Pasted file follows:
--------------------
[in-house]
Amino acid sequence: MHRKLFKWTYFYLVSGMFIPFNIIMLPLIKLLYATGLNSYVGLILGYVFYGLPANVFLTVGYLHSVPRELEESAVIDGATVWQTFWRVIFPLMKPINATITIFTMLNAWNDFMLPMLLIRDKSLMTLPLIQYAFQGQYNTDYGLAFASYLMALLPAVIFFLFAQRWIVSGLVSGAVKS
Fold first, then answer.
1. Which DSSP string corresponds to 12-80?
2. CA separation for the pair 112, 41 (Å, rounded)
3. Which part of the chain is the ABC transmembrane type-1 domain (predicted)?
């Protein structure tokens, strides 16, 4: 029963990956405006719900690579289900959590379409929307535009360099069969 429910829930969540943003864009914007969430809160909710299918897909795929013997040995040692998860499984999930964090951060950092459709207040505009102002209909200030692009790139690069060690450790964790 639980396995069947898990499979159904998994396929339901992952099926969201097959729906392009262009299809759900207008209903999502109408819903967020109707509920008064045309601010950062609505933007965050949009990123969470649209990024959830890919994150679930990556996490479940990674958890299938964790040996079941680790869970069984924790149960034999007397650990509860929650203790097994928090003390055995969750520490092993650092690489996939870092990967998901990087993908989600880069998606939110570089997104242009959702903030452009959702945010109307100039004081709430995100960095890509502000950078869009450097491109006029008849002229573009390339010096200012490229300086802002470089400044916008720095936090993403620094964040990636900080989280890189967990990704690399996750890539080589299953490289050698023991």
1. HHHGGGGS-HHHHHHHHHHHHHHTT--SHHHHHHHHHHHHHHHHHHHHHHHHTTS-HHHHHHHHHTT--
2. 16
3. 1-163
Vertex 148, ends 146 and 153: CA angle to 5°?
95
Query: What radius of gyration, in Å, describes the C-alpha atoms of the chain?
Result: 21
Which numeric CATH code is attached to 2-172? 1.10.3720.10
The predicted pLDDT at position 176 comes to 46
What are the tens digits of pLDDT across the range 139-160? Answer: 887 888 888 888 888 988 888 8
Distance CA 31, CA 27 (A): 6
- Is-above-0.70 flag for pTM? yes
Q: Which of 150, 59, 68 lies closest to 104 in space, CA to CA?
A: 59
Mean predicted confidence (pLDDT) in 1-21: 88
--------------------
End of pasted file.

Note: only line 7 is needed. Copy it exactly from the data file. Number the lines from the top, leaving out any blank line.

């Protein structure tokens, strides 16, 4: 029963990956405006719900690579289900959590379409929307535009360099069969 429910829930969540943003864009914007969430809160909710299918897909795929013997040995040692998860499984999930964090951060950092459709207040505009102002209909200030692009790139690069060690450790964790 639980396995069947898990499979159904998994396929339901992952099926969201097959729906392009262009299809759900207008209903999502109408819903967020109707509920008064045309601010950062609505933007965050949009990123969470649209990024959830890919994150679930990556996490479940990674958890299938964790040996079941680790869970069984924790149960034999007397650990509860929650203790097994928090003390055995969750520490092993650092690489996939870092990967998901990087993908989600880069998606939110570089997104242009959702903030452009959702945010109307100039004081709430995100960095890509502000950078869009450097491109006029008849002229573009390339010096200012490229300086802002470089400044916008720095936090993403620094964040990636900080989280890189967990990704690399996750890539080589299953490289050698023991």